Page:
Just as with trusts designed to preserve your wealth and property to pass on to your loved ones, there are a lot of options when it comes to paying for your own funeral. While it might be easy to pass that particular expense onto your living loved ones—after all, you will not be around—having it covered is just one more way to smooth the process of your passing.
If you have an elderly loved one in their twilight years, this information is likewise useful. Even if you expect a death, preparing for it may help alleviate financial pressures around a grief-stricken moment.
According to the National Funeral Directors Association, the median cost of a funeral in the West South Central region of the US hovers between $6,406 and $7,334. This cost varies depending on whether you choose a burial service or cremation, opt for am embalming for an open casket or other costs like when a cemetery requires a vault in their burial plots.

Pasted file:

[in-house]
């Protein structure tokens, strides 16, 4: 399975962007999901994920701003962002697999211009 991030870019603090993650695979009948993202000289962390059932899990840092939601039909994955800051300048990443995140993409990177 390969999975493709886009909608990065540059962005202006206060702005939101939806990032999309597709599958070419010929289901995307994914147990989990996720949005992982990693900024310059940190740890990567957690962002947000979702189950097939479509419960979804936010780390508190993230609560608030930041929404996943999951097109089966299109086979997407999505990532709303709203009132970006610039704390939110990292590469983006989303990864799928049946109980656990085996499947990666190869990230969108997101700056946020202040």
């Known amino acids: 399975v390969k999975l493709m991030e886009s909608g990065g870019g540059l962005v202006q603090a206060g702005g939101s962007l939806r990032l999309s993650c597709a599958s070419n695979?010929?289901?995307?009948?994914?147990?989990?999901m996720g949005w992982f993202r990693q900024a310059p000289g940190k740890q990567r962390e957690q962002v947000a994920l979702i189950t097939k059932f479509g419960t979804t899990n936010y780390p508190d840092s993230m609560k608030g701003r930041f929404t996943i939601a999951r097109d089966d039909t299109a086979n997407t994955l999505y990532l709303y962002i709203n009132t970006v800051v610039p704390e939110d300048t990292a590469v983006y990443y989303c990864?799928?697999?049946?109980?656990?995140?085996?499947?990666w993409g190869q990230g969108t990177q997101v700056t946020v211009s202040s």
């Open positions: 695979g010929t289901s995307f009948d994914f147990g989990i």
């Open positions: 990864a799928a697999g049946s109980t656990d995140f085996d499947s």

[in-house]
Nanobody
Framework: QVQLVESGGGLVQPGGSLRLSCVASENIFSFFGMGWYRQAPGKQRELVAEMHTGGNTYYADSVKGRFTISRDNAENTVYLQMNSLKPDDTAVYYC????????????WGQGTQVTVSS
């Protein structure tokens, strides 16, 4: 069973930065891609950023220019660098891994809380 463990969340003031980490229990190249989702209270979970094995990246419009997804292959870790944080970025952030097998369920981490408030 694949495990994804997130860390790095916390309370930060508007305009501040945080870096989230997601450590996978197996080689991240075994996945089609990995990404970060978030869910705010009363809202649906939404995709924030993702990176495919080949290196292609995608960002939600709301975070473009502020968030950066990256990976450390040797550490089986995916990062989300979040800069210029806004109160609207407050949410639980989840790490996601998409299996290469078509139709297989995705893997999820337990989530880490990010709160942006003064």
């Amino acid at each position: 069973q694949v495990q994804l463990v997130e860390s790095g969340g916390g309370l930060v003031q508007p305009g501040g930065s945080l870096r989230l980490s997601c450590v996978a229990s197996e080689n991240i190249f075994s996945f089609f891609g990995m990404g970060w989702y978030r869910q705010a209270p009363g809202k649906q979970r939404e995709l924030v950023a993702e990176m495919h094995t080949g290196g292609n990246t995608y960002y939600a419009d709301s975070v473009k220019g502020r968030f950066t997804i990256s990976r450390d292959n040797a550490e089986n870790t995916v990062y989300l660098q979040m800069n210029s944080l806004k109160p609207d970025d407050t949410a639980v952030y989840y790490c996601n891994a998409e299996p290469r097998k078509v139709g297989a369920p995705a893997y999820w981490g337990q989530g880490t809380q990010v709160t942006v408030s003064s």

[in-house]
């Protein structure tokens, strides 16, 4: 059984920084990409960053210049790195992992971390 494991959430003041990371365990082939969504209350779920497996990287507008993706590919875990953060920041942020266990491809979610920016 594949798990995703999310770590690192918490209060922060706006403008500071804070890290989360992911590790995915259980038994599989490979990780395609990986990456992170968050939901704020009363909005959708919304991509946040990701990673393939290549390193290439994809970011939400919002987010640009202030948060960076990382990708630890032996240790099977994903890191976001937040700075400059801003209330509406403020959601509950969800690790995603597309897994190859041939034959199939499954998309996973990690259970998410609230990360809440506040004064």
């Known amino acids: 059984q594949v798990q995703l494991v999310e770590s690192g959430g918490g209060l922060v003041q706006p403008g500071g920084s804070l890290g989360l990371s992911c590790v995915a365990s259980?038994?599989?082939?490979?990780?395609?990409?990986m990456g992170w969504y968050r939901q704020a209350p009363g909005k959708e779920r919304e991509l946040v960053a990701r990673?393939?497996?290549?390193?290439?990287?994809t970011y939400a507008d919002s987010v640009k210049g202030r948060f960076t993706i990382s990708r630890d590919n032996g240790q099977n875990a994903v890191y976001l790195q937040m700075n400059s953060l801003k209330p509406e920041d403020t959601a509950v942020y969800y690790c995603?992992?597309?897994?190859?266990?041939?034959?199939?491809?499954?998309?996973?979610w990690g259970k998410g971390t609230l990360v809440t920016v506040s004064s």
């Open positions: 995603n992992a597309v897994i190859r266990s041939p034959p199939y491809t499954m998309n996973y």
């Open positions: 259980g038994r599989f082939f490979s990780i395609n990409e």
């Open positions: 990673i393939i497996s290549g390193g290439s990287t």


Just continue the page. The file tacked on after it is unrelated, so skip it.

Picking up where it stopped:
Each option for funeral payments has its strengths and weaknesses. Revocable trusts with a funeral home allow you access to that money but are also subject to Medicaid seizures. Irrevocable trusts are the opposite, in that you have much less control over that money. Funeral insurance often requires smaller, monthly payments but may run you more than the cost of a funeral given enough time.
When making this decision, for you or for a loved one, the most important thing is communication with your family and any resources you lean on during this process.